Northern Wyoming Daily News - Serving the Big Horn Basin for over 100 years

By Robert Gagliardi
WyoSports 

Better prepared to contribute

UW's Okwoli in mix to replace departed veterans at wide receiver

 

August 18, 2017

COURTESY/ SHANNON BRODERICK/ Boomerang photographer

Wide receiver John Okwoli, right, runs down the field during practice Tuesday morning at the University of Wyoming.

LARAMIE – John Okwoli played in every game during his true freshman season for the University of Wyoming.

Yet, 2016 was still like a redshirt year.

The 6-foot-2, 207-pound wide receiver didn't catch a pass, and said with a smile the only time he got into games as a receiver was when the Cowboys were "winning by a lot."

However, Okwoli played on all four of UW's special-teams units and recorded three tackles.

"When I got here, I told myself I didn't want to redshirt," Okwoli said. "I wanted to help my team right away and show the coaches even though I was young I could still contribute."

Okwoli, who is from North Canyon High in Phoenix, was given a three-star rating out of five by Rivals.com, Scout.com and ESPN.com coming out of high school. He had scholarship offers from 11 different schools, including Boise State, Colorado, Nevada, New Mexico State, UNLV, Utah State and Washington State.

Okwoli wants to make more contributions at wide receiver this season, and feels like he is better prepared to do so.

"As far as knowing all the playbook, it felt like a redshirt year last season, but it helped me learn the playbook and the entire offense better," he said. "Last year was fun. We were winning games, and I learned a lot from the older guys."

Two of those older guys – Tanner Gentry and Jake Maulhardt – are gone. As seniors in 2016, that tandem combined for 1,940 yards and 18 touchdowns last season.

UW has three returning receivers who caught passes last season – sophomores C.J. Johnson (21 catches, 304 yards, three touchdowns) and Austin Conway (11-103) and junior James Price (6-75).

"(Okwoli) is going to be that fourth guy, I think," UW junior quarterback Josh Allen said. "He has progressed really nicely. It's a big difference from where he was last year to where he is this year. We have a very good chemistry and hang out quite a bit off the field.

"I wouldn't say he is the fastest guy, but he can definitely go get a ball. He is very physical at the line. He is very trustworthy and doesn't drop very many passes."

Ankle and knee injuries slowed Okwoli's progress during spring drills. Okwoli has been healthy through the first half of fall camp, and fourth-year coach Craig Bohl said Okwoli has been a lot like the other experienced receivers on the team who look to have bigger roles this season.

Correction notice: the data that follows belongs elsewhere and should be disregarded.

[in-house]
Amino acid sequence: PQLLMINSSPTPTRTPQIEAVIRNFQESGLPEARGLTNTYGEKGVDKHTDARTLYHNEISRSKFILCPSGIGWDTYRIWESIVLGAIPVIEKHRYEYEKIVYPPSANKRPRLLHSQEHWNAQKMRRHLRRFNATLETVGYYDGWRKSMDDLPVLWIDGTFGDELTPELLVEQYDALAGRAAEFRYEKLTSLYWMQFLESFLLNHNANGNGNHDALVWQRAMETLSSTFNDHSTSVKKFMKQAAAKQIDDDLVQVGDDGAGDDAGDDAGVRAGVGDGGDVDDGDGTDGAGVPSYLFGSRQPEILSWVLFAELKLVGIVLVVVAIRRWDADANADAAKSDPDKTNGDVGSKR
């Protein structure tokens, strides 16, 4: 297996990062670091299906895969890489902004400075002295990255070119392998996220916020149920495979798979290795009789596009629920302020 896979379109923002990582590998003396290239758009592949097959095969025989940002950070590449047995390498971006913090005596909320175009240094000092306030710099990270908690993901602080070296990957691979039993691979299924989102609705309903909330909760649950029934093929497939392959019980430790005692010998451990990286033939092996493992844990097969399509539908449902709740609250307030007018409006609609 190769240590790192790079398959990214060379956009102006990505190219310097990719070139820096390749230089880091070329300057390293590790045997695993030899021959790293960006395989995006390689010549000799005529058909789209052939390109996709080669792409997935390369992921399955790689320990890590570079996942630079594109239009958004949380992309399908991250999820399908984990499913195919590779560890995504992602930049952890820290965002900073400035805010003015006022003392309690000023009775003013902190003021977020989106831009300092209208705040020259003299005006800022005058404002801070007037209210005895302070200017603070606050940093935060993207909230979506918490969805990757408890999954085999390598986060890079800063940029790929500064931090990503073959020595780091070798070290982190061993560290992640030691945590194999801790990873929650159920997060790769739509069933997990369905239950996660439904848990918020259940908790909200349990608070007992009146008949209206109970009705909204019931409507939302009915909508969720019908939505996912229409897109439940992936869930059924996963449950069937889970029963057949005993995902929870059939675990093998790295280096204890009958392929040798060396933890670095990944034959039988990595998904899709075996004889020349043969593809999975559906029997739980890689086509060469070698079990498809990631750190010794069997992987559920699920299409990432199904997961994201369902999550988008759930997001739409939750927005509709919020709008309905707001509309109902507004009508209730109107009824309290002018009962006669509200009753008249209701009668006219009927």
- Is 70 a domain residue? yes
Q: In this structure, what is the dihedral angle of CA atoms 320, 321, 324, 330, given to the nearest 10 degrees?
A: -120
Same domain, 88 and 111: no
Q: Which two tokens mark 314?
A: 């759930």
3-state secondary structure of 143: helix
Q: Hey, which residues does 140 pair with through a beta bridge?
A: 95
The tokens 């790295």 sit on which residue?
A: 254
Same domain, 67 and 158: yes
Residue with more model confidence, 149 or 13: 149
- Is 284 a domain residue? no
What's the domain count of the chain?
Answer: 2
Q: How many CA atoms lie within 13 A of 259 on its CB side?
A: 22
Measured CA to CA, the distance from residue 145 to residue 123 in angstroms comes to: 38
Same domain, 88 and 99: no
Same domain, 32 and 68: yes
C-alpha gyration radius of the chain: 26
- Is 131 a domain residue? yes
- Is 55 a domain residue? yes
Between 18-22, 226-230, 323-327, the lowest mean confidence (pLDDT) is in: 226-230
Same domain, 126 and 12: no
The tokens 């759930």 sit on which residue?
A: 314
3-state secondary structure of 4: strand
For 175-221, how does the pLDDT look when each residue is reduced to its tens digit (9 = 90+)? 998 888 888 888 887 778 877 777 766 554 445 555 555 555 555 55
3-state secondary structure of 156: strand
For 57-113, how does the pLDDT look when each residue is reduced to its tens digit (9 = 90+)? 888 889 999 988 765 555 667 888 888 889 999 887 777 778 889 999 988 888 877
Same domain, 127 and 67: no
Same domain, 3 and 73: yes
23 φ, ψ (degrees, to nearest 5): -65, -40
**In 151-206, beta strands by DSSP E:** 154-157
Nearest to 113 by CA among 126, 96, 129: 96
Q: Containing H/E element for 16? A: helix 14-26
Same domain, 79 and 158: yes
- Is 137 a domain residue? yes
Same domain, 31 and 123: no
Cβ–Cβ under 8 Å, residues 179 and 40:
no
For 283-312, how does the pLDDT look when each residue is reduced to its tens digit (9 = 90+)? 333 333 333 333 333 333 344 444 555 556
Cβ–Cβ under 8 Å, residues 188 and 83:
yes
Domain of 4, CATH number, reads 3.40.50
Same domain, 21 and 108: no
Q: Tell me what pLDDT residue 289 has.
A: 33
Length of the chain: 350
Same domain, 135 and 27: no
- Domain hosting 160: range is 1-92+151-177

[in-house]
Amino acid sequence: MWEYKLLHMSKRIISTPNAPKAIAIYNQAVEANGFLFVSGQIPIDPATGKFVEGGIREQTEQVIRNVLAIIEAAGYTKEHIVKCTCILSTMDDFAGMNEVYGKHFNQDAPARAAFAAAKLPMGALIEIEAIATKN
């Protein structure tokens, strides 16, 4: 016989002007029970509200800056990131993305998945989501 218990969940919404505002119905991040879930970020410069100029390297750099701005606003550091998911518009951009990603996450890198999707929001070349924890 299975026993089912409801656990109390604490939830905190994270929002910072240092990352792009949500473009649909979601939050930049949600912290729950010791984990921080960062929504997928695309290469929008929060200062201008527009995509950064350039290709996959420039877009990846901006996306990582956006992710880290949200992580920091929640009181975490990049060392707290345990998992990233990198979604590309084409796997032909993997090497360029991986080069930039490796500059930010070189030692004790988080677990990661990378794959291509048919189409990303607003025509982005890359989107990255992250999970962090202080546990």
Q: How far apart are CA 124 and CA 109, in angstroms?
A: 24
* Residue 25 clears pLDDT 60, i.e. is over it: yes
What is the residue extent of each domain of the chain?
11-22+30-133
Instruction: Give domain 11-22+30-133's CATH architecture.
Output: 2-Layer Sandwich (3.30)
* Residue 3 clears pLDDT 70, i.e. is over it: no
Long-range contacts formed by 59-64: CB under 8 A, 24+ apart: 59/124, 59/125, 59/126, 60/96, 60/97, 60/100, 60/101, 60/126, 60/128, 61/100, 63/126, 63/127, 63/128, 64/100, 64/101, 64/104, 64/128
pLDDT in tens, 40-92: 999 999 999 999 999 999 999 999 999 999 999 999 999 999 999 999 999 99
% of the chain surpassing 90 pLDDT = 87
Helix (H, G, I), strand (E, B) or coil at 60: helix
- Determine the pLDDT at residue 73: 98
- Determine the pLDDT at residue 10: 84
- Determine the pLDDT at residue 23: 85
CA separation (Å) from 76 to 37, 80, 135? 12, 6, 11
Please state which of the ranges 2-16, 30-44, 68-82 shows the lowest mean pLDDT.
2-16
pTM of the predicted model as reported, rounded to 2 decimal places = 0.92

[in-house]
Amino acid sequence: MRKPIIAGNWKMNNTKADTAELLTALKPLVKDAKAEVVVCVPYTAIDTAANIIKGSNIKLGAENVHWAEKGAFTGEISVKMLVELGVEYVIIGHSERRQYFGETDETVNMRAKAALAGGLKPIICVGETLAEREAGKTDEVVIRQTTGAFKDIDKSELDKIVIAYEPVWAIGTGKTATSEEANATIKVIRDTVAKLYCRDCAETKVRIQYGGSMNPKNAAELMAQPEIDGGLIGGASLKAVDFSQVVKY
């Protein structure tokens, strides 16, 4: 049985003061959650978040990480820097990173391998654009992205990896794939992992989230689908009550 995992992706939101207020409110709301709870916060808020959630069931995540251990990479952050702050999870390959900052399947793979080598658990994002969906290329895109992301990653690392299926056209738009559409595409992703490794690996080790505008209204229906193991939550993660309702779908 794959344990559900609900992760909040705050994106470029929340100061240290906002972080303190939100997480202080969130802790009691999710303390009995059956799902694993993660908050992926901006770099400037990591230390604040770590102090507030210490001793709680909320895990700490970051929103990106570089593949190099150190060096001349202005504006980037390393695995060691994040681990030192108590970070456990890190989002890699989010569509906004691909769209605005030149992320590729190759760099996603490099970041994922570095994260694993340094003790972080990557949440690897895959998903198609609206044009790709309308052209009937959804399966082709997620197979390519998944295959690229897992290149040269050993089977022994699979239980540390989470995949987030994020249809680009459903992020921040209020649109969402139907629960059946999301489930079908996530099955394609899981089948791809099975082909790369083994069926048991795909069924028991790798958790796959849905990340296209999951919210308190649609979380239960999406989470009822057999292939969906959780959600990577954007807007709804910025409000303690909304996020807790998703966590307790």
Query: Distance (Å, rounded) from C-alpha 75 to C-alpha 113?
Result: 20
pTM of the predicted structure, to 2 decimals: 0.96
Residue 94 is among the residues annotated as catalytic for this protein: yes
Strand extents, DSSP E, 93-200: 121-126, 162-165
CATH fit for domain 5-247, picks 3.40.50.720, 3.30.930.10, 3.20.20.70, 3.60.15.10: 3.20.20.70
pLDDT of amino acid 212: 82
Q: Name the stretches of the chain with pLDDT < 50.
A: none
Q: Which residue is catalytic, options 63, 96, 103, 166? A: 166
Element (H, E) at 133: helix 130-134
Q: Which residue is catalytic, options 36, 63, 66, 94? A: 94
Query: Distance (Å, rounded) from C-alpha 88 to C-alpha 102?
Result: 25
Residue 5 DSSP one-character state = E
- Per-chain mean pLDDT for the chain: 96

"Those guys look around the room now and say, 'Now is my time,'" Bohl said. "You're seeing accelerated growth."

Okwoli continues to get a lot of work on special teams, and relishes those opportunities. Now, he is looking for more opportunities at his natural position.

"I'm getting off the ball better, learning how to use my feet and also using my hands getting off (man-to-man coverage)," Okwoli said. "Overall, I'm bigger, faster, stronger and more confident than I was last year."

Another preseason watch list for Allen

UW junior quarterback Josh Allen was named Wednesday to the Manning Award preseason watch list.

Allen was one of the 30 quarterbacks to be named to the list, which also includes fellow Mountain West quarterbacks Brett Rypien of Boise State and Nick Stevens of Colorado State.

The Manning Award will name a field of 10 finalists Nov. 30, with the winner announced in the week following the College Football Playoff National Championship.

Practice report

Wednesday was practice No. 15 of 24 prior to the Cowboys starting game week Aug. 28.

With the Cowboys officially in the middle of the dog days of fall camp, coach Craig Bohl said he mixed things up a little bit, with work on what he called "unusual situations" during a game.

UW certainly had its share of those last season, including two games that lasted three overtimes. In one of those, the Cowboys needed a 98-yard drive in the final minute against UNLV to send a game into overtime.

They also needed to stop a two-point conversion on the final play of regulation to beat San Diego State during the regular season.

"Those things sometimes come up in the course of a year," Bohl said. "It's amazing to me when a situation comes up, and if you haven't covered it already, you get upset with the players that they don't know what's going on."

Bohl added he always wants his players to be in a learning mode during practice.

"Any time that there's no new learning, there's no learning going on," he said. "The attitude of the team has really been excellent.

"We're making good use of our time. To keep them engaged and doing something meaningful is important."

 
 

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